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ERIC Number: ED390552
Record Type: Non-Journal
Publication Date: 1995
Pages: 40
Abstractor: N/A
Reference Count: N/A
ISBN: ISBN-0-937846-38-4
Hidden Casualties: The Relationship between Violence and Learning.
Prothrow-Stith, Deborah; Quaday, Sher
This report is intended to support the goal of primary prevention of violence. The report examines how violence affects the development and learning abilities of children and youth. Seeing family violence, living in unsafe neighborhoods, witnessing violence, and being exposed to the harsh lives often faced by immigrants and refugees places children in a precarious position where progression through normal stages of development is stifled. While learning is affected by exposure to violence, learning can also lead to the prevention of violence. Schools can play a significant role in this prevention. "Guideposts" for breaking the cycle of violence include: (1) the recognition that parents are children's first and most essential teachers; (2) a multidisciplinary approach to violence prevention; (3) incorporation of violence prevention into the current curriculum; (4) recognition that schools alone cannot stop violence; (5) refusal on the part of communities to tolerate violence as an entrenched condition of modern life; and (6) understanding that no one group is the cause of violence in the United States. Four appendices include information on violence prevention programs; evaluation of programs; the National Health and Education Consortium; and the National Consortium for African American Children, Inc. (Contains 44 references.) (JW)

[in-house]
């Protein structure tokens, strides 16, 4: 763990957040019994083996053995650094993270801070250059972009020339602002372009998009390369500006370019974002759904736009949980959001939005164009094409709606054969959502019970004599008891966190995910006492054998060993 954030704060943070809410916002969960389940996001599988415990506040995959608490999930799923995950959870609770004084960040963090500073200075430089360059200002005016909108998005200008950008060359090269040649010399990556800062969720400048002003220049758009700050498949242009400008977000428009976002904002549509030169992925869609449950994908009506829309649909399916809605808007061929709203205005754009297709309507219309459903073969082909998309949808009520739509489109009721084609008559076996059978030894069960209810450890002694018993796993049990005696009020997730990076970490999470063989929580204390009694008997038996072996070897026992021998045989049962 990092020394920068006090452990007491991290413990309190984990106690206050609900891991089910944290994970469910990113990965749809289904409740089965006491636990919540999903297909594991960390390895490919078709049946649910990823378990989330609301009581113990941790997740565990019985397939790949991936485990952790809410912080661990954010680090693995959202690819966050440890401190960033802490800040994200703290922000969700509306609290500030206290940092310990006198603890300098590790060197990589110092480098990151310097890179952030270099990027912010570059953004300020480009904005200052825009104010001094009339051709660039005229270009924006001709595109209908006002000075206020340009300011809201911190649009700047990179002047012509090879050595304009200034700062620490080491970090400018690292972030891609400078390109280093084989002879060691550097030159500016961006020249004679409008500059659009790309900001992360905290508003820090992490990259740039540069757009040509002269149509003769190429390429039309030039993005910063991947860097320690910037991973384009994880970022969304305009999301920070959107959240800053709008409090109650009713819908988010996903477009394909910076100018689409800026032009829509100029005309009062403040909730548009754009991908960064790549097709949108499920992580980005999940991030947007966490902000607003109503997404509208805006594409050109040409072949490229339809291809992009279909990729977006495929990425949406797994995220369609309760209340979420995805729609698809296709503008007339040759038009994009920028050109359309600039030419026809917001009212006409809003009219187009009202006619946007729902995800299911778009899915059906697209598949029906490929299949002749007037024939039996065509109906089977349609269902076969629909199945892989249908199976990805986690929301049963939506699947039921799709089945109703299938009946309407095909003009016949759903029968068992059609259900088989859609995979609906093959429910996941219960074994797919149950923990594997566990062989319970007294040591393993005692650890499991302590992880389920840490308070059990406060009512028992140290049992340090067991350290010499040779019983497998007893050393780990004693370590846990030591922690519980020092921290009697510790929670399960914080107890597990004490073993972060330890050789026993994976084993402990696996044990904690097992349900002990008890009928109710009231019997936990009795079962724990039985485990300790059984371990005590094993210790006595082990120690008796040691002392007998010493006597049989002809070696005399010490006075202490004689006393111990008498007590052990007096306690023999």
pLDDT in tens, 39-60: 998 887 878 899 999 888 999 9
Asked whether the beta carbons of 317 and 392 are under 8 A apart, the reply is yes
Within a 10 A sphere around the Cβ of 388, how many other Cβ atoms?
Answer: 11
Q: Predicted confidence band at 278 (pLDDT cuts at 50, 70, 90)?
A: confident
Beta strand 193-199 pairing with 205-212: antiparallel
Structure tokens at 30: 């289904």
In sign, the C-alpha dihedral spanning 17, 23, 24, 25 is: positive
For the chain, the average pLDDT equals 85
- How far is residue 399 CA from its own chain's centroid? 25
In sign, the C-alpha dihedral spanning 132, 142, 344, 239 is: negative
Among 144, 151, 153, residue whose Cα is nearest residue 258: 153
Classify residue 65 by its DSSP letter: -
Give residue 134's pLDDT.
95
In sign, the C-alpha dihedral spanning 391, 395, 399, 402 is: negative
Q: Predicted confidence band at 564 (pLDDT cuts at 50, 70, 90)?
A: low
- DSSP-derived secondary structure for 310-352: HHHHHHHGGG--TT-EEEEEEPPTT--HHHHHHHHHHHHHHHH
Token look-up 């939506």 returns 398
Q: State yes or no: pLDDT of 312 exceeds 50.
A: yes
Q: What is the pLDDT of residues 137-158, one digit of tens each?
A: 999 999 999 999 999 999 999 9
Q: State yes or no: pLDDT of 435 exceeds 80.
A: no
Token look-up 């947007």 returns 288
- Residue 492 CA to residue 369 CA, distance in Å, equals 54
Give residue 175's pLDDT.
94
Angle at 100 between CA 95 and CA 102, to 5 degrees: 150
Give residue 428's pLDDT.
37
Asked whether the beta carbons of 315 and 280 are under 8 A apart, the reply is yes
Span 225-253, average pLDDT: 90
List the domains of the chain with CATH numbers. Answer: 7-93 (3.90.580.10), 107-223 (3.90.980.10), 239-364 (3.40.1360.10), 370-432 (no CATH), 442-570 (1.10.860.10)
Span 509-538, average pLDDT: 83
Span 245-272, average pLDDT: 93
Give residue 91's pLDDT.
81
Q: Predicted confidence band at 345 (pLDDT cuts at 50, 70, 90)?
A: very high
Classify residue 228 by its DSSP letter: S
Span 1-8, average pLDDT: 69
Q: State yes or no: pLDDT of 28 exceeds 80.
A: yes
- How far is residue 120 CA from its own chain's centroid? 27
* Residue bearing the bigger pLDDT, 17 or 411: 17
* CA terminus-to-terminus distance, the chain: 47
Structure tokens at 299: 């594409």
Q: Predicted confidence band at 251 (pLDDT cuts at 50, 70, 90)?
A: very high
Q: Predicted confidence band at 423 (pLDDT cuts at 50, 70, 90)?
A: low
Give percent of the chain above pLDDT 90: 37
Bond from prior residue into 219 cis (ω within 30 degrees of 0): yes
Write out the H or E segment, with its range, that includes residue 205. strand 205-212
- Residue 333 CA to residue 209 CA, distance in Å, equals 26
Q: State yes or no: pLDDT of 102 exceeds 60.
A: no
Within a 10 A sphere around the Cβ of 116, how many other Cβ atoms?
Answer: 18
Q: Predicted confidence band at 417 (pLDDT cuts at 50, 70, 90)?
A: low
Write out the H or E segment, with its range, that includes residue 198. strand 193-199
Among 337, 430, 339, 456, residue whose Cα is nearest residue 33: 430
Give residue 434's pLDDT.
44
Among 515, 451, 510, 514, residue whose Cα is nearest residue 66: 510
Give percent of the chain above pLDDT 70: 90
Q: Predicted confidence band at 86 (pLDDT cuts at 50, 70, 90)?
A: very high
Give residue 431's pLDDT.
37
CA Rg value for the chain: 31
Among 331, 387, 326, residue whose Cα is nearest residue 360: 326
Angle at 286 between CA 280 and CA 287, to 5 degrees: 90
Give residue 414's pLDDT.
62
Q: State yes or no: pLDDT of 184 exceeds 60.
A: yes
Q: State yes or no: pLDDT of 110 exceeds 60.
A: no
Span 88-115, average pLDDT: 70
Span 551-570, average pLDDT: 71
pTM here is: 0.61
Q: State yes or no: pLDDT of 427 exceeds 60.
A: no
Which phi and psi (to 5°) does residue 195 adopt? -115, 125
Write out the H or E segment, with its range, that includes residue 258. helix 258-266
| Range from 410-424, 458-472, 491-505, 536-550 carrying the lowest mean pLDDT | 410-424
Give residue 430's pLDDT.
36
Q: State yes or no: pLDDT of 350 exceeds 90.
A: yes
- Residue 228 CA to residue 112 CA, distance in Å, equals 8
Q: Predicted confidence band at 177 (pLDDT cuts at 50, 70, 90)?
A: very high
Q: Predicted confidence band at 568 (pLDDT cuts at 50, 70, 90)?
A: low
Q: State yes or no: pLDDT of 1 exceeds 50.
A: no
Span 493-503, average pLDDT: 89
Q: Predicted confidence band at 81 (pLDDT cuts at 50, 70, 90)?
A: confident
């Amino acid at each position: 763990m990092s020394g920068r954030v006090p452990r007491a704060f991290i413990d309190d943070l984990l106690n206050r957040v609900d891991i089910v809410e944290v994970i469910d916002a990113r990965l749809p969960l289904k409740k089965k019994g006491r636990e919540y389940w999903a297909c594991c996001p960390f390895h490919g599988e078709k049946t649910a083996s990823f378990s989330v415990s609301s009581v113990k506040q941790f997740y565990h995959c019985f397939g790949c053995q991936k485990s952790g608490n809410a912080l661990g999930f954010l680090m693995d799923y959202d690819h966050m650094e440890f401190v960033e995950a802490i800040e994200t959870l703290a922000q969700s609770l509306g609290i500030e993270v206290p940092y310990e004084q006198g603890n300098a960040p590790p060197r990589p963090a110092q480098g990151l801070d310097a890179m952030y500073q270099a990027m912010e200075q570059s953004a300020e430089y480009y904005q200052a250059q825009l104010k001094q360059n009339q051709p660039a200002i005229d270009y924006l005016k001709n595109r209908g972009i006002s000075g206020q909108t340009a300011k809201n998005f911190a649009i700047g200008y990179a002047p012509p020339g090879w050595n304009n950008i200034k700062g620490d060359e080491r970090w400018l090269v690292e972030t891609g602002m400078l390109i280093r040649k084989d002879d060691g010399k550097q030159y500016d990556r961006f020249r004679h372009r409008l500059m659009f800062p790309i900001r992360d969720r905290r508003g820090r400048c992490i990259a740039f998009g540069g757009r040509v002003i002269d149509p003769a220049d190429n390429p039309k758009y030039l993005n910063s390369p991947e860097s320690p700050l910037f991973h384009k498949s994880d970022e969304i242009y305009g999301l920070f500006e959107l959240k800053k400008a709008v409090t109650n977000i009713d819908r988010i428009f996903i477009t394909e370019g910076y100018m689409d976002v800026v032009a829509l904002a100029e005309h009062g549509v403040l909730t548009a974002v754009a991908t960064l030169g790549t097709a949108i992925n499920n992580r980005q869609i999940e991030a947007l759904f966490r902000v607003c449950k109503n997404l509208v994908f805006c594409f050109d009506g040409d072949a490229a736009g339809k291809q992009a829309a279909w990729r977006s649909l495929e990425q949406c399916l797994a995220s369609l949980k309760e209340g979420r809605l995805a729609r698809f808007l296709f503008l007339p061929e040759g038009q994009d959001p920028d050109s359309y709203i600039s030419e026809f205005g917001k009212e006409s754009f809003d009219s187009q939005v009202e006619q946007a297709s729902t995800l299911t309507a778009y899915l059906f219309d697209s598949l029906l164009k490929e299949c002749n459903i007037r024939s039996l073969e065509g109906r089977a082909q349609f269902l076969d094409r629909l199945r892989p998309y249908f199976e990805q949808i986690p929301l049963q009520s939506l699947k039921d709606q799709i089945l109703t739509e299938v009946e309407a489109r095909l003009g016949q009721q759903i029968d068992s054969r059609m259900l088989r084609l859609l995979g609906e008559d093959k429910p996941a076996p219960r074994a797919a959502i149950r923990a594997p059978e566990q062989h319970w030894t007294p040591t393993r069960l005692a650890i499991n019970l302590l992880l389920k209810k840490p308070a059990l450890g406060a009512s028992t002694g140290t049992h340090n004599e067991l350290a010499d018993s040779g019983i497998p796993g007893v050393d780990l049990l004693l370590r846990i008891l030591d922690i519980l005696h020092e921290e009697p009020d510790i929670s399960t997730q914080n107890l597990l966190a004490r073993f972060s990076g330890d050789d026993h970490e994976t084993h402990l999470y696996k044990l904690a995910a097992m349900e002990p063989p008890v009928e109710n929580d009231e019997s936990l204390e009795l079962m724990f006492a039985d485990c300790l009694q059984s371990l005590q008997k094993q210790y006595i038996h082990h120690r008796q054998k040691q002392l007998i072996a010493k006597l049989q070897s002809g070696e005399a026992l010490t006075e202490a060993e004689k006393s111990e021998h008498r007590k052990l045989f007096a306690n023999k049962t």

National Health and Education Consortium, c/o the Institute for Educational Leadership, 1001 Connecticut Avenue, N.W., Suite 310, Washington, DC 20036 ($10).
Publication Type: Reports - Descriptive
Education Level: N/A
Audience: N/A
Language: English
Sponsor: Mott (C.S.) Foundation, Flint, MI.; Prudential Foundation, Newark, NJ.
Authoring Institution: National Health & Education Consortium, Washington, DC.; National Consortium for African American Children, Inc., Washington, DC.